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Buddhism & emotions

edited March 2009 in Buddhism Basics
I'm a little confused about something. Somewhere I got the impression that Buddhism means surpressing or denying emotions. Some sources or Buddhists seem to pick up that idea and other sources say Buddhism doesn't mean avoiding emotions. So I'm so what confused.

This questions is important to me because I'm an expert in not feeling. Because of that you'd say I should feel. But if Buddhism means not feeling it might not be the path for me.

Of course I feel emotions-- however I'm not aware of them and act out without often knowing why.

:) I'm curious what your replies will be.


  • SimonthepilgrimSimonthepilgrim Veteran
    edited February 2009
    First of all, Butterfly, you will find, as you extend your study, that Buddhist writers contradict each other just as much as any other group of philosopher/theologians. Interpretation of the recorded saying of the Buddha or the writings of the thousands of subsequent expositors varies enormously. I am sure that Elohim/Jason will provide you with very useful links and quotations from Theravada scriptures.

    As you are looking at Thich Nhat Hanh (TNH), who is from the Vietnamese, Mahayana/Zen tradition transformed by Western social engagement, he has a lot to say about emotion/feelings. He sees the function of meditation to calm and, ultimately, to stop so that we can look deeply. The two aspects of meditation are shamatha ("stopping") and vipashyana ("looking deeply"), he says in The Heart Of The Buddha's Teaching, and we cannot look deeply until we are still.

    This does not mean suppressing emotion. Suppression suggests energy spent and it is akin to what Buddhists term aversion, which is only clinging in its negative manifestation. 'Acting out' is clinging in its positive aspect.

    So the question is, as always, "What do I do?" Here, the meeting of modern psychology and Buddhist wisdom are available to us:

    If we consider what emotions really are, we can notice that they are the product of thoughts and bodily events. The habit energies, which are called vashana,drag us into feelings. Deconstructing the different physiological events (e.g. "I notice that I am breathing faster", "I notice that I slump my shoulders", etc.) is best achieved by the quiet mind - hence our practice. The physiological changes arise with mental changes, as we understand more and more from the biological sciences.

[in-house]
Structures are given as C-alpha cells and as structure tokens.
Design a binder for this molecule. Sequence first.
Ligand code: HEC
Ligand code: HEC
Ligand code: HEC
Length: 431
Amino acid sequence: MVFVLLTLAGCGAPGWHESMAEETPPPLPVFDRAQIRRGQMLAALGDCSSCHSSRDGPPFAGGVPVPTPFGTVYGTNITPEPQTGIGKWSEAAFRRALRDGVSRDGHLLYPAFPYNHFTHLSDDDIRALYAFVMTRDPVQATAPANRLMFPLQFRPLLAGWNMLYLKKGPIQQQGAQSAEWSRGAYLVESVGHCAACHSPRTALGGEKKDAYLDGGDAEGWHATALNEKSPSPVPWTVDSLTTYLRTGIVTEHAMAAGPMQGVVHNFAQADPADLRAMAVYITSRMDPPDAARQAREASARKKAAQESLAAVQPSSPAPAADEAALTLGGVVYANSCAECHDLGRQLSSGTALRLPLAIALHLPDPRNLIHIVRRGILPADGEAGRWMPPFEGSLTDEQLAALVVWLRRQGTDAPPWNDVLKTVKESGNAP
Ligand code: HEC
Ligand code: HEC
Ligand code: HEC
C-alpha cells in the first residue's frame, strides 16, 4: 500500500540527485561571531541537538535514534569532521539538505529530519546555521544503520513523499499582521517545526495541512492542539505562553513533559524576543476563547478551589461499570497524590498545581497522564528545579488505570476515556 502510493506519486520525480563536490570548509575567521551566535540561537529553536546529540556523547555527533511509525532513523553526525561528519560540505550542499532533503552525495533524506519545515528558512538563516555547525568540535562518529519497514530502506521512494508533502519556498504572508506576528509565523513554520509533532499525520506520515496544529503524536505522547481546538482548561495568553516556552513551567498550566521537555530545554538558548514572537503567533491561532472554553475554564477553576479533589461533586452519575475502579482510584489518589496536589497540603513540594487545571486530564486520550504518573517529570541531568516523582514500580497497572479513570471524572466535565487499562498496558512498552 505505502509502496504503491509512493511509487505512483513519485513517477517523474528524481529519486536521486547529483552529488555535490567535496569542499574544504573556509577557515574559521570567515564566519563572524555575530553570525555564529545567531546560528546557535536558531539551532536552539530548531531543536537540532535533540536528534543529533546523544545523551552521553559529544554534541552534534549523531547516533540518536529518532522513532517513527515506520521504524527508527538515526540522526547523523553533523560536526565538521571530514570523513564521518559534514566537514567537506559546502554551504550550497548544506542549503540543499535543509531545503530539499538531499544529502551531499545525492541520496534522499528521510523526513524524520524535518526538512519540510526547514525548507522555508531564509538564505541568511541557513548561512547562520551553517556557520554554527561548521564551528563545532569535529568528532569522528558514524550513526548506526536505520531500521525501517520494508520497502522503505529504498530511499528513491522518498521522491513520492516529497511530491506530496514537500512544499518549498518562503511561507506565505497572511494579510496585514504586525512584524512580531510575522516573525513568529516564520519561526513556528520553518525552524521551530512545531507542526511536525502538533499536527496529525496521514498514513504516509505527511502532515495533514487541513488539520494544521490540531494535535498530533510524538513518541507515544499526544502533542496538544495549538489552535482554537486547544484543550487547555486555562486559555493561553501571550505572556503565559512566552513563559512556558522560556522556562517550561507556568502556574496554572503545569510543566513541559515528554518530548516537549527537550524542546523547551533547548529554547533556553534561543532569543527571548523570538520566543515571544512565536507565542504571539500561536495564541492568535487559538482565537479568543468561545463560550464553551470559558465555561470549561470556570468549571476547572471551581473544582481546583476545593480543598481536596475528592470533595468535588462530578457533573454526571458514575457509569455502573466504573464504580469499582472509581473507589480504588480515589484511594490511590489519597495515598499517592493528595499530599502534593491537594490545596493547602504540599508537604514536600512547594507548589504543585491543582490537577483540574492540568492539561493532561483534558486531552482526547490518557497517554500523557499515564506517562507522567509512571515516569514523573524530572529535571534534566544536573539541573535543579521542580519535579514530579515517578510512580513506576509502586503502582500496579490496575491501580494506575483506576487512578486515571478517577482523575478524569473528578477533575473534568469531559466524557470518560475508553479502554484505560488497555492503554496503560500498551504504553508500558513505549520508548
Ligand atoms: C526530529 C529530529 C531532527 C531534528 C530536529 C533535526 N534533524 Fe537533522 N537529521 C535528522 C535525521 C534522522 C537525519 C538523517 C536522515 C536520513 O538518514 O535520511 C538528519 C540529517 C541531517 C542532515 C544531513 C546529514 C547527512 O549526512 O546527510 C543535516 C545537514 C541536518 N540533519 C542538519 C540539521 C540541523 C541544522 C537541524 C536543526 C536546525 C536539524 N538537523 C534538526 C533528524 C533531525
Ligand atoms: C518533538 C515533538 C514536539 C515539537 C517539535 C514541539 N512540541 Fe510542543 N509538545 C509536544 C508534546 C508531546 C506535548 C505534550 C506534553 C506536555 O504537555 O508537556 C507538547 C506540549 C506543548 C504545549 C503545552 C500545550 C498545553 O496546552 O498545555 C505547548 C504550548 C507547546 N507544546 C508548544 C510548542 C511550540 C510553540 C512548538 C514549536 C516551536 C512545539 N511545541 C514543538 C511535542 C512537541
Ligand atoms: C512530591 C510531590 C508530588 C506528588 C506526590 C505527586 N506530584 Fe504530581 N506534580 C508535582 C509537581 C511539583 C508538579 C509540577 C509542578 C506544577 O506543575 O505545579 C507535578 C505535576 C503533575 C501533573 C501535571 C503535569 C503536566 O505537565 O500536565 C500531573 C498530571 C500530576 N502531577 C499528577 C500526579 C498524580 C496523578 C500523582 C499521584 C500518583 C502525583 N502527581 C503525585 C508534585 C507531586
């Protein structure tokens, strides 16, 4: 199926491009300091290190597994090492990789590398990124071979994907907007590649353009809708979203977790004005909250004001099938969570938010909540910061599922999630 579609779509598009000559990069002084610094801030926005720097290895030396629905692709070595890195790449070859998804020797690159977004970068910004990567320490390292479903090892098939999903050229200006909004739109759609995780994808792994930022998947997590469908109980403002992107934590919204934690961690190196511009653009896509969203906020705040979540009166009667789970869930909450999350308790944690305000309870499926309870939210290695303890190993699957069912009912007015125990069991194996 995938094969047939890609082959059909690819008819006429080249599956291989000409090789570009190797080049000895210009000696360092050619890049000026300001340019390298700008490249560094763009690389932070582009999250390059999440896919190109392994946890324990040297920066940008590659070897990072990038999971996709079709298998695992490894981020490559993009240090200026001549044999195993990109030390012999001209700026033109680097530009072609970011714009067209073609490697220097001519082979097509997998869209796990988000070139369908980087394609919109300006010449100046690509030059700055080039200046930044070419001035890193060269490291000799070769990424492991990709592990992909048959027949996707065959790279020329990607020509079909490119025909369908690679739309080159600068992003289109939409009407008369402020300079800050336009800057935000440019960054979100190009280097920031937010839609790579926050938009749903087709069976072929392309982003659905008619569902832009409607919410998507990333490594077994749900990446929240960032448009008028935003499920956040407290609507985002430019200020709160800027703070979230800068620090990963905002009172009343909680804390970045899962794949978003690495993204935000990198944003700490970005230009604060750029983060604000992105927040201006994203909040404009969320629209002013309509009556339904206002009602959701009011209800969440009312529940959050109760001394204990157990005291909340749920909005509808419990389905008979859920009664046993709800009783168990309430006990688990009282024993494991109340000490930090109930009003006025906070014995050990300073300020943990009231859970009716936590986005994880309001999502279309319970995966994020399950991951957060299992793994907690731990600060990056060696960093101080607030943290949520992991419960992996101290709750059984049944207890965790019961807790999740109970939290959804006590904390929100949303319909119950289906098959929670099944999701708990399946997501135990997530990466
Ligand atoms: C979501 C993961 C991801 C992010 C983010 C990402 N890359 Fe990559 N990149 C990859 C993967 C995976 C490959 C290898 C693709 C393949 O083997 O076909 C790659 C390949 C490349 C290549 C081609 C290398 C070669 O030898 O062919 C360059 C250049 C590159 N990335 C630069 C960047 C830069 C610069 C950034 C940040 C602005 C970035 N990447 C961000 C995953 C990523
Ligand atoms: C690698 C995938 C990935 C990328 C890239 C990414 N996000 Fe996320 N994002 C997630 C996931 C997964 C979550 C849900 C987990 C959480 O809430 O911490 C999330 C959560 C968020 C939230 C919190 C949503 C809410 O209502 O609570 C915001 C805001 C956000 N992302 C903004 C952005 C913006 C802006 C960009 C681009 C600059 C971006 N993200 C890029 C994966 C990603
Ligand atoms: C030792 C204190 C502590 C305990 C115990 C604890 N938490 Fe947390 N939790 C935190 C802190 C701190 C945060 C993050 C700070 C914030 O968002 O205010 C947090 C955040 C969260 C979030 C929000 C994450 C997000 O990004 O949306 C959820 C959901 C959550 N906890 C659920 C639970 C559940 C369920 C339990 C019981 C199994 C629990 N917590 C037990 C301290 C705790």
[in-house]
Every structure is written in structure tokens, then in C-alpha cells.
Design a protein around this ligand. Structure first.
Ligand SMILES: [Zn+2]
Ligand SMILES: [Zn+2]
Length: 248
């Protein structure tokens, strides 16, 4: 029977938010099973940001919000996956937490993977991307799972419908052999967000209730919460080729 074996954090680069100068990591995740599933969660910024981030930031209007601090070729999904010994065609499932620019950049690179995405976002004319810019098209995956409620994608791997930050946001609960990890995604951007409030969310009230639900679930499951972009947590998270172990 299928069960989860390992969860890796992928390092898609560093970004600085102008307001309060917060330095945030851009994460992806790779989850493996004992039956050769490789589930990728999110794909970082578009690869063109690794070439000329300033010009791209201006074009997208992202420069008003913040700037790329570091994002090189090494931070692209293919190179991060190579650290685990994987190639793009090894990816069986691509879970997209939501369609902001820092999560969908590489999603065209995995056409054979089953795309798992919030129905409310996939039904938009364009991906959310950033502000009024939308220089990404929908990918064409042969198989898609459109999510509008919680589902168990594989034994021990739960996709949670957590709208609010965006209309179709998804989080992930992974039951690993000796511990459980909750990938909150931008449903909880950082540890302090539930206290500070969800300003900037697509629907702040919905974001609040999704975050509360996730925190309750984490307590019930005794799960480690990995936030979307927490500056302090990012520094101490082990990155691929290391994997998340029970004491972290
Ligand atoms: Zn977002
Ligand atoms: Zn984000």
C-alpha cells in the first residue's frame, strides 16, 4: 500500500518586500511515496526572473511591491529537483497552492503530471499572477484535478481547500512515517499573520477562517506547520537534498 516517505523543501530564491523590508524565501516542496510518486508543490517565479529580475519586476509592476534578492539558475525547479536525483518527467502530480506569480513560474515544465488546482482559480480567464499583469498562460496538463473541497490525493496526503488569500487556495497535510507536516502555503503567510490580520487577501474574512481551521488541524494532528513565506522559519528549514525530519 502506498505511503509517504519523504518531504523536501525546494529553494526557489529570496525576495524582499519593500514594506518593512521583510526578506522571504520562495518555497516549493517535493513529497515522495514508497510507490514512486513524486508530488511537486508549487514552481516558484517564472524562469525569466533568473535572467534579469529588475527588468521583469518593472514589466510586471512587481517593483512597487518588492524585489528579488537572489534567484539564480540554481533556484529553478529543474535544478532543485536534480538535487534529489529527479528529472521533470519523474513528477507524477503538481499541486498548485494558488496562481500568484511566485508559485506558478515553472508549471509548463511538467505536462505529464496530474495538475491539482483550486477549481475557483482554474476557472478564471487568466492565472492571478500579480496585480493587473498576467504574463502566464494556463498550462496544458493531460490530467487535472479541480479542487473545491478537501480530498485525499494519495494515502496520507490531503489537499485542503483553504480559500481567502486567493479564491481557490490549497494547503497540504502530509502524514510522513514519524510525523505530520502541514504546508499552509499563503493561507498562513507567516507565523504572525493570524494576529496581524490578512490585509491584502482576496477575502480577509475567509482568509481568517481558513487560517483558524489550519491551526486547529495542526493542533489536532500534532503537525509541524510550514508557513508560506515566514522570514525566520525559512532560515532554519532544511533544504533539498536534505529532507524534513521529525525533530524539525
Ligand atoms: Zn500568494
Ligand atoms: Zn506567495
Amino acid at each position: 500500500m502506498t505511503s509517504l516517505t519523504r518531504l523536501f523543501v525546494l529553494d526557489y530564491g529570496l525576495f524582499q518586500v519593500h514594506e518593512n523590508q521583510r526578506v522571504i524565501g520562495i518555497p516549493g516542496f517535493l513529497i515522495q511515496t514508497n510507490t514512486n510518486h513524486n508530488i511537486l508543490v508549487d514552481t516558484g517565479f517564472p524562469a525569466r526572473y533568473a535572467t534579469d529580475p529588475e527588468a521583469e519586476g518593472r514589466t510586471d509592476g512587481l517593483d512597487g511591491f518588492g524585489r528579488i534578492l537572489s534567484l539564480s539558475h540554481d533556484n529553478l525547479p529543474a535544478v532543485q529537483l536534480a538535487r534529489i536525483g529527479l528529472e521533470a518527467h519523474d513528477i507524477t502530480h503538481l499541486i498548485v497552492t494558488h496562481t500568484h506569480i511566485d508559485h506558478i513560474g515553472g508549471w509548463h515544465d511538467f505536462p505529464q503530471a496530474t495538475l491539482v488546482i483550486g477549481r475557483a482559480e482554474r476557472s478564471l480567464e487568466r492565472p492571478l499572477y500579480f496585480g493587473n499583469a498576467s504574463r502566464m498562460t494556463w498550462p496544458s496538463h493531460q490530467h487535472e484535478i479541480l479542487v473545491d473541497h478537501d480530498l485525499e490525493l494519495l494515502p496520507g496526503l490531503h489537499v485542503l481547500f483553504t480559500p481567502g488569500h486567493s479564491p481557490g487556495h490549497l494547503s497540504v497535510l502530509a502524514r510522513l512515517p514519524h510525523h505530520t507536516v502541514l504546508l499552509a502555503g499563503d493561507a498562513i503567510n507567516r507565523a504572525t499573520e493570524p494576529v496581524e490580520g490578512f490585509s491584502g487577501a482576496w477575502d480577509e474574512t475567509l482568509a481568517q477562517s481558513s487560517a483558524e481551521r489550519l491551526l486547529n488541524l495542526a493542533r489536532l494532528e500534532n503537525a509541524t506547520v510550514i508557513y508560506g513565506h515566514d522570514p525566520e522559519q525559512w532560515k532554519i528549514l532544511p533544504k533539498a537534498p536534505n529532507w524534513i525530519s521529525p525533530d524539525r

TNH lists five stages for calming and I recognised in them, as I read TNH for the first time after some 20 years as a psychotherapist/counsellor, the fundamental process of my own profession as laid down by such diverse psychologists as Freud, Assagioli, Berne, Bowlby or any of them:

    1. Recognition;
    2. Acceptance;
    3. Embracing (isn't this the one we so often forget?);
    4. Looking deeply;
    5. Insight.

    To end this ramble with a quote from TNH:

    "Calming allows us to rest, and resting is a precondition for healing."
  • PalzangPalzang Veteran
    edited February 2009
    Simon is right, Butterfly. It isn't about suppressing anything. However, we do want to get to a place where we're not ruled by our emotions and habitual tendencies. So how does that happen? Well, the only way to really do it is to decouple what gives rise to the emotions and habitual tendencies. And what does give rise to the emotions and habitual tendencies, you may ask? Simply put, attachment. We're attached to so many things. We're attached to money, we're attached to our job, we're attached to our kids, we're attached to love, we're attached to a new car, we're attached to food, we're attached to TV, and on and on, but mostly we're attached to our deluded notion of 'self' and 'other'. That's the root of it all.

    This attachment, which is all pervasive, is what gives rise to suffering. We're attached to love, but then when love doesn't happen the way we think it should, we suffer. We're attached to money, but when we don't get as much as we think we should, or we can't hold onto it the way we think we should, we suffer. We build up defense mechanisms to cope with the suffering that are themselves counterproductive and create more suffering - alcoholism, overeating, sexual obsession - pick your poison.

    So the answer is to cut through attachment because there's nothing really to get attached to. The very root of our attachment - the belief in 'self' and 'other' - is a delusion. There is, in truth, no separation. There is, in other words, no self-existing 'self'. So Buddhism works on doing that. But it's no quick solution to our suffering. It takes a lot of work and practice. We've been attached to this notion of 'self' for countless lifetimes, so all that won't be taken apart quickly. But you have to start somewhere.